It is the life of the Street Pastor who gives up their Friday and Saturday nights to help people by giving them water or flip flops with no sermon or judgment attached. It is the life of giving generously of your wealth to help those who are not as fortunate in money as you may be, it is the life of holding someone’s hand when they are dying and telling them that everything is okay, that there is something even more wonderful next – when all you want to do is hold onto them here.

That is not flashy. That is evangelism. Evangelism is not selfish, it is selfless. Sometimes evangelism is as simple an introduction, sometimes evangelism is being St. Andrew and introducing your brother to Christ.

So I want to use today to reflect on what that words means to each of us. What does it mean when we leave church today? What does being an evangelist for Christ mean for us here in Bledlow?

If our faith is real then we shouldn’t need to be ‘out there’ flogging it and trying to sell it like some dodgy second hand car salesman. If our faith is real then it will shine in everything that we do so that other people will want to know more about it and why it is so important to us – and when that happens we should be ready to answer. Why is my faith important to me? Why do I love Christ? Why do I go to church on a Sunday morning to praise His name? Why do I hold the hand of someone I love and tell them that everything is going to be okay?

So like St. Andrew – may the enthusiasm for what we have found shine through our lives and give us the boldness to share that love with those around us… and only then will we really understand what a fisher of men is.

Amen.

 

 

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My first sermon

Hi all – yes, I know – it’s been a little while since I last posted. I have a very good reason for that – he’s called Edmund and he’s rather taken over my life!

Now, before you read any further this post is not about camping, cooking or motorbikes. If you’re looking for that then I’ll have some posts very shortly about Europe’s biggest overland traveller event – HUBB – and the Adventure Travel Film Festival (I’m speaking at both). This post is very personal and concerns God. Now – given the last time I wrote about God here I had a bunch of comments along the lines of ‘great blog, shame about the God stuff’ I’m giving you fair warning – this one is about the God stuff.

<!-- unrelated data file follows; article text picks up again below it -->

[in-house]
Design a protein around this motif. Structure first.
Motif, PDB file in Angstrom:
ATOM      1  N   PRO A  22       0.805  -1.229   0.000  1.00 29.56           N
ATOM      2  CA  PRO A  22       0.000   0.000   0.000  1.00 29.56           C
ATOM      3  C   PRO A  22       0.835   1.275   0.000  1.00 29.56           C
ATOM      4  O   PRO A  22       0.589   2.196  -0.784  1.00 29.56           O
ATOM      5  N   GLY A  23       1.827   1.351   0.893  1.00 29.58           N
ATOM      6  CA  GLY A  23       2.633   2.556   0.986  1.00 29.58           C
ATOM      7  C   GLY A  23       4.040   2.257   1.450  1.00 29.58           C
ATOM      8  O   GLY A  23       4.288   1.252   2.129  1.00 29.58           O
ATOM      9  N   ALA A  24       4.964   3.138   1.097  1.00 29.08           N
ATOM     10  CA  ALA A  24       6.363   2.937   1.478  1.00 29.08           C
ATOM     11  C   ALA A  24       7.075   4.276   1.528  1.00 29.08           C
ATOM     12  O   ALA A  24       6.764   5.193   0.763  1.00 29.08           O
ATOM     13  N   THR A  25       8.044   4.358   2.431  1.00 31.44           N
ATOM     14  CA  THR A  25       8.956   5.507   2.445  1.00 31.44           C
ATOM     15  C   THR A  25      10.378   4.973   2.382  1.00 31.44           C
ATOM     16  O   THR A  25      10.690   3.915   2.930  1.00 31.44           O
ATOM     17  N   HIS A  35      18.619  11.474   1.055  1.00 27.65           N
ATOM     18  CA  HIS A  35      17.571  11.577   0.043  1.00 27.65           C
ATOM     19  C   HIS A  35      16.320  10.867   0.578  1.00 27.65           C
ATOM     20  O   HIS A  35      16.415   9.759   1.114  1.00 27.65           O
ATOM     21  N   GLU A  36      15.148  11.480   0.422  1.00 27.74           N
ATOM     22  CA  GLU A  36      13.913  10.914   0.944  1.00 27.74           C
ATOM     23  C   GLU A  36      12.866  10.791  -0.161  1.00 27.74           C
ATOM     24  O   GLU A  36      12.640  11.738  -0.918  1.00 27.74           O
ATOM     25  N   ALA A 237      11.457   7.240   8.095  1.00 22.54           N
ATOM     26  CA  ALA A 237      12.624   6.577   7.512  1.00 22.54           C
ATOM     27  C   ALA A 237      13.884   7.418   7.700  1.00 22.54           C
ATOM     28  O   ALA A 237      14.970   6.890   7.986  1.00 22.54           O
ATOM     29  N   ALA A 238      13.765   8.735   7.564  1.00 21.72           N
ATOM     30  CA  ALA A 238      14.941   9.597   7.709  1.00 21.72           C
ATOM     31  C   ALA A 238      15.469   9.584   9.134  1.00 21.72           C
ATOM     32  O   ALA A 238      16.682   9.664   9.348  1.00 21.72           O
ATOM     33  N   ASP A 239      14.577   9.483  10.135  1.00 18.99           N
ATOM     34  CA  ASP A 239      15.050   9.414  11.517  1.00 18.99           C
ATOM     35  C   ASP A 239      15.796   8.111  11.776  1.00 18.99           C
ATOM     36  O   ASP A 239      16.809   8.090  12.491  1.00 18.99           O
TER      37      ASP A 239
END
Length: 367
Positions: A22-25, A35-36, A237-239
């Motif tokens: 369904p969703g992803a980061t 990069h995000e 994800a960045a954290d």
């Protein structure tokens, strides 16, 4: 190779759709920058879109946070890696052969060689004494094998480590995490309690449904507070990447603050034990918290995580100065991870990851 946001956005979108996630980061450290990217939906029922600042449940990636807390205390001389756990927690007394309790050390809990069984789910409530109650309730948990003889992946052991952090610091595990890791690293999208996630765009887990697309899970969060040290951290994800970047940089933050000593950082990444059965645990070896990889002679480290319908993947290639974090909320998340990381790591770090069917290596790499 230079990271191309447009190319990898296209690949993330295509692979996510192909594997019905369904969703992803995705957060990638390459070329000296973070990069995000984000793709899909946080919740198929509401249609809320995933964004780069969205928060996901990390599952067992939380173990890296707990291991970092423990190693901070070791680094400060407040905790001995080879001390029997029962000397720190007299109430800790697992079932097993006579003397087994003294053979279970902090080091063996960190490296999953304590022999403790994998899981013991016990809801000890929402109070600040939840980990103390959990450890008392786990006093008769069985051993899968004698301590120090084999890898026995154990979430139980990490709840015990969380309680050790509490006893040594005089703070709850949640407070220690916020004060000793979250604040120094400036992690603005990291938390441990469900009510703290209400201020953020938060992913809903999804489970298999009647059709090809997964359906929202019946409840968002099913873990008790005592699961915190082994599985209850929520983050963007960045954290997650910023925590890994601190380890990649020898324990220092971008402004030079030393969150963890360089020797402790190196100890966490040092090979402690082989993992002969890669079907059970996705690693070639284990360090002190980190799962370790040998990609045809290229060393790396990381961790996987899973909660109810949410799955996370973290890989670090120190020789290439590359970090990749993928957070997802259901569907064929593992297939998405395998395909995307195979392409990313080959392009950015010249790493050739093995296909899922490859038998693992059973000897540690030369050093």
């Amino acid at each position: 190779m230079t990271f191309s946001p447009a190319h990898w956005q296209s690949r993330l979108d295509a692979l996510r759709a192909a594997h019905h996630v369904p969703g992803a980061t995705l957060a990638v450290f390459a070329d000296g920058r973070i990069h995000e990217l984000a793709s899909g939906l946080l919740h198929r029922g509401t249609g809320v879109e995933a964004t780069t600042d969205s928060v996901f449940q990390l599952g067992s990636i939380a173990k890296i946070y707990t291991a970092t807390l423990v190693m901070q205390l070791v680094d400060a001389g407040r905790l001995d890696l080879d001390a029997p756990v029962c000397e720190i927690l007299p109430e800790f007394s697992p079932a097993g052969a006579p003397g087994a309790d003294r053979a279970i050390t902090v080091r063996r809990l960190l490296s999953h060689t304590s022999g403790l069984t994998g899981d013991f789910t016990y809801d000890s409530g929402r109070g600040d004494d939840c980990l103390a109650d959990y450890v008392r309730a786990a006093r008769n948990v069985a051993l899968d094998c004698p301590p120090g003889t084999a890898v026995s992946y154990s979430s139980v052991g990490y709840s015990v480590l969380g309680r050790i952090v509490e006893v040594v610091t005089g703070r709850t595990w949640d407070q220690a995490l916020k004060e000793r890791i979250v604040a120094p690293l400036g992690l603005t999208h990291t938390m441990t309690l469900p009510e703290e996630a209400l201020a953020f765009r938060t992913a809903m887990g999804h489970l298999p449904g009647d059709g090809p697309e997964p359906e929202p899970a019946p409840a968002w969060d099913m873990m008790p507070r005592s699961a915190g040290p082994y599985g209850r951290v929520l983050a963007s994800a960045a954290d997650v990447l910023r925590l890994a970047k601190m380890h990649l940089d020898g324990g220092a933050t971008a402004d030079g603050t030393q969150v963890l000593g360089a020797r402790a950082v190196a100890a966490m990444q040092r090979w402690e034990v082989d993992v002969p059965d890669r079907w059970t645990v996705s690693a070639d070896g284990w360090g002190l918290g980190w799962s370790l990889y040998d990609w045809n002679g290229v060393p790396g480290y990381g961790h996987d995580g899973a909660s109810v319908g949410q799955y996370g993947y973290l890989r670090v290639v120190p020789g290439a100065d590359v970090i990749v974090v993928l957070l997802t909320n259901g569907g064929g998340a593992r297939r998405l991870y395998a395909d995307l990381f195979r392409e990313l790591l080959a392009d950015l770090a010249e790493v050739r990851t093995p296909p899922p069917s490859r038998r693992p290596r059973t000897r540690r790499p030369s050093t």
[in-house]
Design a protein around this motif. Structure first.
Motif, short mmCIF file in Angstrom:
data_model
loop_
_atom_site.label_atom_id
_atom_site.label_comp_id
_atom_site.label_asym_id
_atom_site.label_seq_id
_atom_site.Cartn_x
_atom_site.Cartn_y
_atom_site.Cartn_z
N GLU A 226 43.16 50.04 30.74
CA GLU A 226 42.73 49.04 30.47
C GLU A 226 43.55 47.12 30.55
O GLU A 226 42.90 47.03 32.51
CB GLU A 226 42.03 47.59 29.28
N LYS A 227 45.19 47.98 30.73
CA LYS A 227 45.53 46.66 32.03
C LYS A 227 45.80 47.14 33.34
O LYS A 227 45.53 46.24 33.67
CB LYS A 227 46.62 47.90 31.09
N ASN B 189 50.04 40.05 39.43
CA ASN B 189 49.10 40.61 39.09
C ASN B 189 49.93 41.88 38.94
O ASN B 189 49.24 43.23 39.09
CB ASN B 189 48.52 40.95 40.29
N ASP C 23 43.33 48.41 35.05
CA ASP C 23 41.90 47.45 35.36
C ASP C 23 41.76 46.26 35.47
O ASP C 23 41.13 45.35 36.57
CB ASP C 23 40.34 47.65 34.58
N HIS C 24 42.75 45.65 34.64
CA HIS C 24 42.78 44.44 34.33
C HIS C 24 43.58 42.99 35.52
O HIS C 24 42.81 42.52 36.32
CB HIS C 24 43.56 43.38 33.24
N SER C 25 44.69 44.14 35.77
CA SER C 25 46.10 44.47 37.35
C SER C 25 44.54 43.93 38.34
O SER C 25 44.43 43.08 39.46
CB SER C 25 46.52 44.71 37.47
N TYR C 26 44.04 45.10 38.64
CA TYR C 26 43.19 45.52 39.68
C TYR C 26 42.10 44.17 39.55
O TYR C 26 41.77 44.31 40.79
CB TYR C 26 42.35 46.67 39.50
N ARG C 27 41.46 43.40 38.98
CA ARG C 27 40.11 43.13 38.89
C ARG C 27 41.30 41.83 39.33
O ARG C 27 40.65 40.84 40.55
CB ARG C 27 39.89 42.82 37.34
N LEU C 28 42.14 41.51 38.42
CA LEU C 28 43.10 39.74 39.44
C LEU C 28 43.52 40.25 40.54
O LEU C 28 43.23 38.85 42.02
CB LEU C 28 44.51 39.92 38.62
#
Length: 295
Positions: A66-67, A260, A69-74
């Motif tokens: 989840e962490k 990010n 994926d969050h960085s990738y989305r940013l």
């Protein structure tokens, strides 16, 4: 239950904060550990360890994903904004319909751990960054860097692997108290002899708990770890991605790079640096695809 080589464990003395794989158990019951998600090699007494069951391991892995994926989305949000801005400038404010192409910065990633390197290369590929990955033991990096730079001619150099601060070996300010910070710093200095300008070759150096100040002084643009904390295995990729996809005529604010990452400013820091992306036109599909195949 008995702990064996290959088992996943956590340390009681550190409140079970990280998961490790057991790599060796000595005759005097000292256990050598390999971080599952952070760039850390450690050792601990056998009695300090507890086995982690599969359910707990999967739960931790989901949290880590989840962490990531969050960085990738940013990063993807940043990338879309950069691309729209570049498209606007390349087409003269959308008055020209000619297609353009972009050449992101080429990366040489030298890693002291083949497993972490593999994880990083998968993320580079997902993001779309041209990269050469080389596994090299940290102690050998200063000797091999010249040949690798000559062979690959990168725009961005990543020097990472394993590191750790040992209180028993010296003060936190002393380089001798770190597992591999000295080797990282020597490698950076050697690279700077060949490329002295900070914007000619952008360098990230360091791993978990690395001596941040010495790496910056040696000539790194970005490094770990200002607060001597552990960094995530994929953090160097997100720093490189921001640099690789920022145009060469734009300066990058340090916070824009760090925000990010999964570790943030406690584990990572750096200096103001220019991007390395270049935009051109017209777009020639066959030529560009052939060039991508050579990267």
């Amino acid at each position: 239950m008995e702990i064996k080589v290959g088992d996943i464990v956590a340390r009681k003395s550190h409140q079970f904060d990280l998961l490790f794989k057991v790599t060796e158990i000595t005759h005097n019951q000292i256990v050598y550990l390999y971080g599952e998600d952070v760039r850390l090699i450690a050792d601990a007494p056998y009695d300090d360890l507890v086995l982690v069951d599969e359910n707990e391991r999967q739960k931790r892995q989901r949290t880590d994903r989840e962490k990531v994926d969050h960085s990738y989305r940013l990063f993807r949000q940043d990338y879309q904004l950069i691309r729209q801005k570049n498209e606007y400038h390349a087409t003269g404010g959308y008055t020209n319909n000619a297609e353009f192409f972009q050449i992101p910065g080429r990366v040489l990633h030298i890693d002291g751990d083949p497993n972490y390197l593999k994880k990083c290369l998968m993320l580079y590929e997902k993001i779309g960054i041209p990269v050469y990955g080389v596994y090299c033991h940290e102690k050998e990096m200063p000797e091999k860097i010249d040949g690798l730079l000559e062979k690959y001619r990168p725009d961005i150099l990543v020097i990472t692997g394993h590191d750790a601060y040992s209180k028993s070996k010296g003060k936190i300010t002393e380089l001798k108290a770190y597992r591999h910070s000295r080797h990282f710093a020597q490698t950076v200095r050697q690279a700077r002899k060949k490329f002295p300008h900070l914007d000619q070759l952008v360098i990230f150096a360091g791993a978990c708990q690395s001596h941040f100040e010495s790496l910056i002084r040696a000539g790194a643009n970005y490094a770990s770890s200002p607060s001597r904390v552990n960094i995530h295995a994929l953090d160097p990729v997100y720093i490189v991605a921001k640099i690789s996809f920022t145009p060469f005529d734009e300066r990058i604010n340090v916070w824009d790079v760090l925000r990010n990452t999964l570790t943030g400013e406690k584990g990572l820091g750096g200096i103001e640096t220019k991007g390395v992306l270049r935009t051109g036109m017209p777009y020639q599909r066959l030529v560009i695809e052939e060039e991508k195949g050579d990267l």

Today marked a very import day for me. I’ve been on a journey over the last year or so that’s brought me closer to God and left me exploring a calling to vocation within the Church of England – I appreciate that means very little to most people – but it’s very important to me. One of the first steps on that journey was to deliver a sermon – to preach – to my church family today. I spoke about Christian Aid week and the unity which all people of faith share in trying to make the world a better place. I recorded the sermon and pasted the text below – I’d really appreciate any thoughts or feedback. Over to you.

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Sermon John 20 17 to end MP3

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Lord, grant us the peace and grace to hear your word, your message, both here and in our actions throughout the coming week.

We’ve heard this morning about Jesus praying for believers and praying that as believers we are one. That’s a very simple thing to say of course – in our faith in Him we are one – of course we are – through His word we spread the message and in spreading that message we bring new people into our faith and into our unity.

Each Sunday we sit and we listen to the word of Christ. We listen to His message and each Sunday someone stands here and helps us to try and understand what Jesus is trying to teach us. But ultimately God speaks to us directly. The message that we understand is very individual – God speaks to our hearts and minds directly and we take that message out into the world, outside our church, and spread His message. When we do that, we are bringing other people to God’s message – and as Jesus prays here: ‘I have given them the glory which you have given to me, so that they may be one, just as we are one.’ We have brought people into our unity with Christ and each other.

That’s not to say that we must all go out and evangelise on street corners or to our co-workers by quoting the bible on some profound, mature understanding of that we have come to. Our actions are just as important in bringing people to faith – and therefore to the unity of our faith – as our words are.

This unity isn’t just us here in this Church, or even in the Church of England – it’s the unity of every Christian around the world. The unity Jesus talks of is so profound that it mirrors the unity of the Father, the Son and the Holy Spirit. ‘So that they may be one, just as we are one’.